Legislation seeking to eliminate the state office of treasurer is making its way through the Kentucky Senate. The Senate State and Local Government Committee easily approved the measure Wednesday. Bill Sponsor Chris McDaniel says voter approval of the constitutional amendment would save taxpayers about two and a half million dollars each year.
A bill that would permit monkeys to be used as service companions for paralyzed Kentuckians has been filed in the state Senate At first blush, northern Kentucky Senator John Schikel’s bill sounds like fodder for The Daily Show. It allows primates to serve as service companions in private residences. But when asked about it, Shickel, a former police officer, breaks down in tears.
The Kentucky Senate has adopted legislation aimed at addressing the state’s growing heroin problem. It contains provisions on treatment, education, and intervention. Senate bill five increases penalties for high volume heroin traffickers and paves the way for charging them with homicide when there is an overdose death.
FRANKFORT— Sen. Reginald Thomas, D-Lexington (left), confers with Sen. Paul Hornback, R-Shelbyville, in the Kentucky Senate.
Credit Legislative Research Commission
A proposal to change the timing of elections for Kentucky’s statewide officers has sailed out of a Senate committee. If it passes the House and voters approve the constitutional amendment, statewide races for governor, attorney general, and agriculture commissioner would coincide with national elections. Senate Majority Floor Leader Damon Thayer supports the change.
A new federal program could allow eight southeast Kentucky counties to attract more support in their fight against poverty. The program would create a so-called "Promise Zone." The designation could bring more federal money into the region and spawn additional partnerships between government agencies, social service groups and private employers. E-K-U President Michael Benson says his school will also be involved in the initiative.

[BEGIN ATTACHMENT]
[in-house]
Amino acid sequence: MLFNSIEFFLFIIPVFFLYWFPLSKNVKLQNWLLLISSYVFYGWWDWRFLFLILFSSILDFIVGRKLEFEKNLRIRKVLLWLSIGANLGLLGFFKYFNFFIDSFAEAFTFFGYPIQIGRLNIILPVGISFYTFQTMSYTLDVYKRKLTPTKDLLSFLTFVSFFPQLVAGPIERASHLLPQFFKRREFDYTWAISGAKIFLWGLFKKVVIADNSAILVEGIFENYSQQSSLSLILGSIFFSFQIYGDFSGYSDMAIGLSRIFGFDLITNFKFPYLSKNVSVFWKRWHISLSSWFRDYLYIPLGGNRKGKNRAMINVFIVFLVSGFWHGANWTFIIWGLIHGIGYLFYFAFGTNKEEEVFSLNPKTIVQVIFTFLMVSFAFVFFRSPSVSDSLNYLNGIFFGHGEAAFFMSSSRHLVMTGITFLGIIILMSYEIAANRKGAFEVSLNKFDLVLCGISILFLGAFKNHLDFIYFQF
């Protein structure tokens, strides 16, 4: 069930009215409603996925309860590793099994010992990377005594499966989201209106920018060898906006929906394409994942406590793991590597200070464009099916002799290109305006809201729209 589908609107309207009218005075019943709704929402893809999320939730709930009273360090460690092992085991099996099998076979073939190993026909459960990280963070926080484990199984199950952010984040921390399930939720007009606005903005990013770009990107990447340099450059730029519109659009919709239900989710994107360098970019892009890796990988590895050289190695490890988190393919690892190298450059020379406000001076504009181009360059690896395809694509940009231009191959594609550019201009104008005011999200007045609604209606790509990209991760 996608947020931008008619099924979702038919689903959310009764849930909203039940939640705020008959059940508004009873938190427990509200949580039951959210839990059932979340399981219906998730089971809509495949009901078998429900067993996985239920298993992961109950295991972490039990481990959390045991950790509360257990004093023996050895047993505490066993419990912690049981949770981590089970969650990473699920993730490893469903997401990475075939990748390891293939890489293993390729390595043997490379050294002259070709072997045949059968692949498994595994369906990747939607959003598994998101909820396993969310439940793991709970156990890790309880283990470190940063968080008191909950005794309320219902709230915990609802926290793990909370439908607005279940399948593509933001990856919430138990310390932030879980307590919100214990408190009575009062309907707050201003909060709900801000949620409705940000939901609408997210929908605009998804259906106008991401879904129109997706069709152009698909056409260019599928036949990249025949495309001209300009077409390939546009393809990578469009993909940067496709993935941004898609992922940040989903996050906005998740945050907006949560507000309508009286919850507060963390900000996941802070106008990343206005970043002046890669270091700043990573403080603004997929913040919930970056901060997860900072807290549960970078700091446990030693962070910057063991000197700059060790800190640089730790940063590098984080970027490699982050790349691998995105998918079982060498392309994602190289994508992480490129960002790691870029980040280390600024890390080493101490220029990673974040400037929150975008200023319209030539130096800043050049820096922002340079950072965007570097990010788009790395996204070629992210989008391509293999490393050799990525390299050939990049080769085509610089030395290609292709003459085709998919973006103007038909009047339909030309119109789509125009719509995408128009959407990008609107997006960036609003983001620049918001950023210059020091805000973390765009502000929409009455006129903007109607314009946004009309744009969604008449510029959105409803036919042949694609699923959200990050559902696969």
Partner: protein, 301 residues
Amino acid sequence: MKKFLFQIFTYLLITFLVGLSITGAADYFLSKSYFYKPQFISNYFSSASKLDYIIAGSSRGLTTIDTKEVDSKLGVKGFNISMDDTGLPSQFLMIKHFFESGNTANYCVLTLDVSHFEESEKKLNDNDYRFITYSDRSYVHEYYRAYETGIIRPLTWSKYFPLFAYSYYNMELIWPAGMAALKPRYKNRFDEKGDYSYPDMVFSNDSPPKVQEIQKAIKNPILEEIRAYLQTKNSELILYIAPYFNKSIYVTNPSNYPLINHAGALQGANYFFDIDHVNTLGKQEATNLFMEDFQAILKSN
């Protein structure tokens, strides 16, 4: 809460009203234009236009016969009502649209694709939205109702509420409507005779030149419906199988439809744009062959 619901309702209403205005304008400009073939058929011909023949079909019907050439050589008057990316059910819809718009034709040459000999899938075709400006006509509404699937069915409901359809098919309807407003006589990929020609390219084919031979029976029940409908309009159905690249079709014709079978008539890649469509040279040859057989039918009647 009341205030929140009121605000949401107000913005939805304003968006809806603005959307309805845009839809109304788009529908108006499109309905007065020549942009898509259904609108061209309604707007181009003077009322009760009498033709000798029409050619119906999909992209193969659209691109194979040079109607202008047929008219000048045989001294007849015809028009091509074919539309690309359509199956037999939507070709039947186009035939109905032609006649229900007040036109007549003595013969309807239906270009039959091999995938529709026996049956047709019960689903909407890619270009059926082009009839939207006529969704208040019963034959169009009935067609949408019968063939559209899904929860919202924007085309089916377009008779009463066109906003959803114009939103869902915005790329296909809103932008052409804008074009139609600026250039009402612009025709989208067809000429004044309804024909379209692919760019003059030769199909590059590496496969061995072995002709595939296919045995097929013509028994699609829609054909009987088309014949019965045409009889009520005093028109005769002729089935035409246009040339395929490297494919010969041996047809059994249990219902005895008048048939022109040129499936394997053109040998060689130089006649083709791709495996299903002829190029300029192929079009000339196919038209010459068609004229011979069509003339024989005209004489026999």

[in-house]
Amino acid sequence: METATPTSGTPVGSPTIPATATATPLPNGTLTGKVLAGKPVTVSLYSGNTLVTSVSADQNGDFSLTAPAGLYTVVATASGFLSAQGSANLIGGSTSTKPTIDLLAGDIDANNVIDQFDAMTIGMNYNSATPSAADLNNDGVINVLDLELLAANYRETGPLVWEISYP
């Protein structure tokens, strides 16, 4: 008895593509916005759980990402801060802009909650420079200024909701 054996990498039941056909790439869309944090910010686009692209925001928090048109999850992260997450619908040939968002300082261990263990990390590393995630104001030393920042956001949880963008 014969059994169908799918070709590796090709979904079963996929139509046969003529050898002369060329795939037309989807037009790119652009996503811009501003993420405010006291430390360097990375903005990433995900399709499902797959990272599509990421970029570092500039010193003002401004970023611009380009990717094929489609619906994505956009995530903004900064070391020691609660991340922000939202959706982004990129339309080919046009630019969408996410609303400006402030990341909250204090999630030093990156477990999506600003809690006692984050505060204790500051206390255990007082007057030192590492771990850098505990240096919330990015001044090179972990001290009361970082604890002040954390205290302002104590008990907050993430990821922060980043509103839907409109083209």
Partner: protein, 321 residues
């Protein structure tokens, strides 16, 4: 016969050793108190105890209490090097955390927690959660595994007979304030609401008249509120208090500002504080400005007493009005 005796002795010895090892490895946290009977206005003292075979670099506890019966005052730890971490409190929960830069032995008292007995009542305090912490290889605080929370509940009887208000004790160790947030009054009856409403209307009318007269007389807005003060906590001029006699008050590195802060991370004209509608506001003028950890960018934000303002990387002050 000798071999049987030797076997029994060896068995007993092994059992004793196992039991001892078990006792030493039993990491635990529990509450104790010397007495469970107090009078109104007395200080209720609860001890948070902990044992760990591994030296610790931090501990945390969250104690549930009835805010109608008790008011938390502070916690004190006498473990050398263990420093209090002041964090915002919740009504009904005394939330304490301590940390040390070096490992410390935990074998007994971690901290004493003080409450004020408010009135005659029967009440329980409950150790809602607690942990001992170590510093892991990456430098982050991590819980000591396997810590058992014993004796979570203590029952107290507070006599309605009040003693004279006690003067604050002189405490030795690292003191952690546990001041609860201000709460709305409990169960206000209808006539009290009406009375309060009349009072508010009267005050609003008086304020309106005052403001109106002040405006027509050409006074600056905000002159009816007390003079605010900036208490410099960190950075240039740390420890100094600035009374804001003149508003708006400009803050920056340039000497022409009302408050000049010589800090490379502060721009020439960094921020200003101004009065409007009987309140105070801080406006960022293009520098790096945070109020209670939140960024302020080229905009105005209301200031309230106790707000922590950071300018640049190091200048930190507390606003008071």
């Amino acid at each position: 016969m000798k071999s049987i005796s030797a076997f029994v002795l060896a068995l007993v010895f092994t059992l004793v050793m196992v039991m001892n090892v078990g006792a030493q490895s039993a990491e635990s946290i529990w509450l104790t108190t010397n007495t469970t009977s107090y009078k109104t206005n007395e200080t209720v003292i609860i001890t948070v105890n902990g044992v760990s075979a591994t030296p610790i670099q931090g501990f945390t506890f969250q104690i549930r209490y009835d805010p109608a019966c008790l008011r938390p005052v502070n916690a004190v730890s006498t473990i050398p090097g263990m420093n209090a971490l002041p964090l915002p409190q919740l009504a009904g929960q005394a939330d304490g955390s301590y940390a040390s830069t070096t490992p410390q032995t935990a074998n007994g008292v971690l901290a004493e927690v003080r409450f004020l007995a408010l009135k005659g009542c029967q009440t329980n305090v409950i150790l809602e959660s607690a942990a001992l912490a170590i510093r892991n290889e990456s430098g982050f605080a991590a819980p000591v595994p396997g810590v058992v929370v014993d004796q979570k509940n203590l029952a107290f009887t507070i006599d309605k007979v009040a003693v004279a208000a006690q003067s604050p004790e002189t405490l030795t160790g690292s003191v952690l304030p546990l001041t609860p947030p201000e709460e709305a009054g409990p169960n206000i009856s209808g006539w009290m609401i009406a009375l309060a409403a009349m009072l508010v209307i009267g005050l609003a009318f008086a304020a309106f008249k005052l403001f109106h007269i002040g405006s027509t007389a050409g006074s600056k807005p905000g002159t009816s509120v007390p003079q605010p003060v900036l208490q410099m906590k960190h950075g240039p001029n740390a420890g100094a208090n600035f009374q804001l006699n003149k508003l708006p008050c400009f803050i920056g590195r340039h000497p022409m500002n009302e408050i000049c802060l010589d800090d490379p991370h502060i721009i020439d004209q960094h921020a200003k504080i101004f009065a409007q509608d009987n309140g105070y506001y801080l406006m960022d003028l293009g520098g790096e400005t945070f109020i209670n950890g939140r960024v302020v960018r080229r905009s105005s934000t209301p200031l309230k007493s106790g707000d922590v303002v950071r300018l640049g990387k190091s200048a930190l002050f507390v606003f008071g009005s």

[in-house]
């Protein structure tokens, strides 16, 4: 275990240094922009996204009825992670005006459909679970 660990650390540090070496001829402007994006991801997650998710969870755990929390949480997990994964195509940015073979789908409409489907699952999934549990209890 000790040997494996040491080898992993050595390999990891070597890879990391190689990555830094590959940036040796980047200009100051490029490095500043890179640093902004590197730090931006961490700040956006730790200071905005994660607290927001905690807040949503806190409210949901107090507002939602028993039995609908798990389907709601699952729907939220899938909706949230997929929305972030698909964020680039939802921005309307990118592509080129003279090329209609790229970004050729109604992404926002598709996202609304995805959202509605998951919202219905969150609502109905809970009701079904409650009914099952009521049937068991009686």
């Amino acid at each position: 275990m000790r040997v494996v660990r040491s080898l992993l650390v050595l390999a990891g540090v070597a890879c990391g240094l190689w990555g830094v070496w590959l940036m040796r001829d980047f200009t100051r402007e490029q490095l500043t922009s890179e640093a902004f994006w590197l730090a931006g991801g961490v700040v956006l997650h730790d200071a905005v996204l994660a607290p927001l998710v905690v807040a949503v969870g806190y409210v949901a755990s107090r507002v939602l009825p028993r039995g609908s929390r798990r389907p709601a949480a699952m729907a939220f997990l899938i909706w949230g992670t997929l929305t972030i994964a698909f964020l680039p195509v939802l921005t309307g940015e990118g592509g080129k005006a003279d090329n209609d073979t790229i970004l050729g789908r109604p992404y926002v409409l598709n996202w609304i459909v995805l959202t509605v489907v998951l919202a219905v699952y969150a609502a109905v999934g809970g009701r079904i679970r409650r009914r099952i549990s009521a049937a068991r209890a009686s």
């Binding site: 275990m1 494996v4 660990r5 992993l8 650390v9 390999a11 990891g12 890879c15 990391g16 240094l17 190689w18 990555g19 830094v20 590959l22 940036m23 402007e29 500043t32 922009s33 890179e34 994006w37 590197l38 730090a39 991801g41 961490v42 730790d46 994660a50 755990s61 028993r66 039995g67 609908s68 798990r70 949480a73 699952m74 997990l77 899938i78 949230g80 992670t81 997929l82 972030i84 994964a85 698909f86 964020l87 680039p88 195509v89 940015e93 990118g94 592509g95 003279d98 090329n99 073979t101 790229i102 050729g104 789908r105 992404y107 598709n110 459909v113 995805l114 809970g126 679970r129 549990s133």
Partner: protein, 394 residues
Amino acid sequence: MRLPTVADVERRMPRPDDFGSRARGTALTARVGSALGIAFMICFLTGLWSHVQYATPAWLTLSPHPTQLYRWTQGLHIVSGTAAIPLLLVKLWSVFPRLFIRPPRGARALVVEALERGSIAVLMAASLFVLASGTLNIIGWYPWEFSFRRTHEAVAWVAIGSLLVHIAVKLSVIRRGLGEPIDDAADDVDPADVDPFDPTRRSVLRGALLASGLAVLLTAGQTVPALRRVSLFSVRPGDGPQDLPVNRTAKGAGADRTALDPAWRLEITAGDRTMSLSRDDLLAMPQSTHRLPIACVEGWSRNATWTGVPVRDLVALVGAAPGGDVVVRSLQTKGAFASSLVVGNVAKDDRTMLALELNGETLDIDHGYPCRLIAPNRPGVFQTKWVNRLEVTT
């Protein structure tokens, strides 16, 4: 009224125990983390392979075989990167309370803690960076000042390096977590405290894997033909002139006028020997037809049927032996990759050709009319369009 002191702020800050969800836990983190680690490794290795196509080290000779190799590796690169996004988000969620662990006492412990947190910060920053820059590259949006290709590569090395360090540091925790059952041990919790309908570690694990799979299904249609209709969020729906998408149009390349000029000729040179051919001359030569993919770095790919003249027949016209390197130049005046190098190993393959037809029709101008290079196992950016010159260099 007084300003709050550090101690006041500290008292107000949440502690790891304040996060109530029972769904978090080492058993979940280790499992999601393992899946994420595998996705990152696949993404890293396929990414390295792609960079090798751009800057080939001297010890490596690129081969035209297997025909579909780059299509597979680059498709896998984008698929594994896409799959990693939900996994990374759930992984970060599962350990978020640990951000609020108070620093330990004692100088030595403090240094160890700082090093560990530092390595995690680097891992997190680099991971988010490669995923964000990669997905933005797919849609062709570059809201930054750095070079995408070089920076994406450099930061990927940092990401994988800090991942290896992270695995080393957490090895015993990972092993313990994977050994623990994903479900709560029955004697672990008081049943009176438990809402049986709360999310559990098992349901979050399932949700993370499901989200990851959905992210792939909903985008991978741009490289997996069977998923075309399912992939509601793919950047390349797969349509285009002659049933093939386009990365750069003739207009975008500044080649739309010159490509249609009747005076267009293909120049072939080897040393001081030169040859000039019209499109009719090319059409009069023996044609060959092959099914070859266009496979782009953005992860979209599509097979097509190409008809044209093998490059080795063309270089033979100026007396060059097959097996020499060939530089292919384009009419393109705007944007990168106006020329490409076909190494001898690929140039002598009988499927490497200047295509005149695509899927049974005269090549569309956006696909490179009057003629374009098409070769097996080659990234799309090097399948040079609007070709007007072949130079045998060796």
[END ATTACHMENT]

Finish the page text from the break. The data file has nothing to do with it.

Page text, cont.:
Gov. Steve Beshear entered the House of Representatives to give his State of the Commonwealth Address at the Kentucky State Capitol on Jan. 7, 2014, in Frankfort.
Credit Mark Cornelison / Lexington Herald Leader
A State of the Commonwealth Speech offers Kentucky's governor an opportunity to emphasize an administration's accomplishments. Last night, Governor Steve Beshear spent a good amount of time talking about health care reforms, but also called on the general assembly to enhance state revenues and reform taxes.
FRANKFORT— House Majority Floor Leader Rocky Adkins, D-Sandy Hook (left), speaks with House Speaker Greg Stumbo, D-Prestonsburg, on the floor of the Kentucky House of Representatives prior to the start of the opening day of the 2014 Regular Session of the Kentucky General Assembly.
Credit Legislative Research Commission
The opening day of 2014 general assembly included a renewal of the debate over a highly publicized sexual harassment case. Critics took to the house floor and attacked the House special committee that investigated allegation of sexual harassment leveled against former Representative John Arnold. The panel disbanded just before the holidays without taking action.
The future of a disbanded Kentucky House committee formed to look into harassment claims against a former lawmaker may be decided this year. Kentucky Public Radio’s Jonathan Meador reports House Speaker Greg Stumbo says the committee charged with investigating John Arnold could be resurrected.
Although the committee had nothing to show after meeting five times and spending thousands of taxpayer dollars, Stumbo says there’s still a chance for it to continue its mission. He says that if he were in charge, the outcome would have been different.
Kentucky lawmakers are being asked to consider a new proposal for privatizing certain services or projects. It is not new to Kentucky state government. Privatization was used in a significant way to house inmates across the Commonwealth for decades.